- NYSE:AMC trims 2.94% despite the S&P 500 hitting new all-time highs.
- AMC announces a $100 million debt offering to stay afloat as the COVID-19 pandemic continues.
- Despite re-opening its doors, AMC has difficulties attracting customers in the current environment.
There are few companies who have been hit as hard as NYSE:AMC during the COVID-19 pandemic, and as the world slowly tries to get back to normalcy, it seems as though cinemas are being left behind. After surging of late, AMC dropped by 2.94% on Wednesday as shares fell to $2.97, despite the S&P 500 surging to new all-time highs amidst President-elect Biden’s inauguration. The stock has been the target of day traders recently attempting to capitalize on some good news from the beaten-down movie theater brand. Wednesday’s daily trading volume neared 180 million shares, which is far greater than its usual average daily volume of 33 million shares. AMC has returned a loss of 56% over the past 52-weeks to its very patient shareholders.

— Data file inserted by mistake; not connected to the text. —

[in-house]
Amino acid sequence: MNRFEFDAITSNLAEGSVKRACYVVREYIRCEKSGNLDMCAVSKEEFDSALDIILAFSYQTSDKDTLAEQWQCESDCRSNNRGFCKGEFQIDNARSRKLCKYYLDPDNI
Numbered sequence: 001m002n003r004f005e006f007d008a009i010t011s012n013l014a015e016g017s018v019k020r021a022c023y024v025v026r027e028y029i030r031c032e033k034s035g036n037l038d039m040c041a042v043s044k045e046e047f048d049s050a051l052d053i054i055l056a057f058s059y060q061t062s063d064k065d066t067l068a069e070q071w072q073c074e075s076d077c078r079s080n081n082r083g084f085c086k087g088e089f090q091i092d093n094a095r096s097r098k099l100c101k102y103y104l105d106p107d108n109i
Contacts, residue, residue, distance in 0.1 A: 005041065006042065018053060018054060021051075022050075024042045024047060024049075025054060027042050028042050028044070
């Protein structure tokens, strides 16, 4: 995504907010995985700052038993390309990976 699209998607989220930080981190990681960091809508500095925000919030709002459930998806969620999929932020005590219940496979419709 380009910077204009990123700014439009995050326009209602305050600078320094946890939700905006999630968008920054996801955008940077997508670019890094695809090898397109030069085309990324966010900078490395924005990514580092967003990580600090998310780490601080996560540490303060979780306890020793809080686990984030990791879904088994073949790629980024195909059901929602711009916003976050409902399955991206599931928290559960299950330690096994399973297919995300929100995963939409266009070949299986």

AMC did get a boost on Tuesday as it announced a $100 million debt offering that would prolong its survival for the time being. Even as doors have re-opened in limited fashion, customers have been very reluctant to return to movie theaters as a form of entertainment. It does not help things that companies such as Disney (NYSE:DIS) have been releasing new movies directly to its streaming services, rather than bothering with releasing them in theaters.
AMC stock forecast
AMC has reiterated that despite the debt offering, there is still a very real chance of bankruptcy if the COVID-19 pandemic continues to affect its business. One of AMC’s biggest rivals Regal Cinemas recently announced it is hoping to re-open some of its theaters by Easter but even that is not a guarantee. The future of cinemas is very much in flux right now, especially if AMC were to continue to fall towards bankruptcy.
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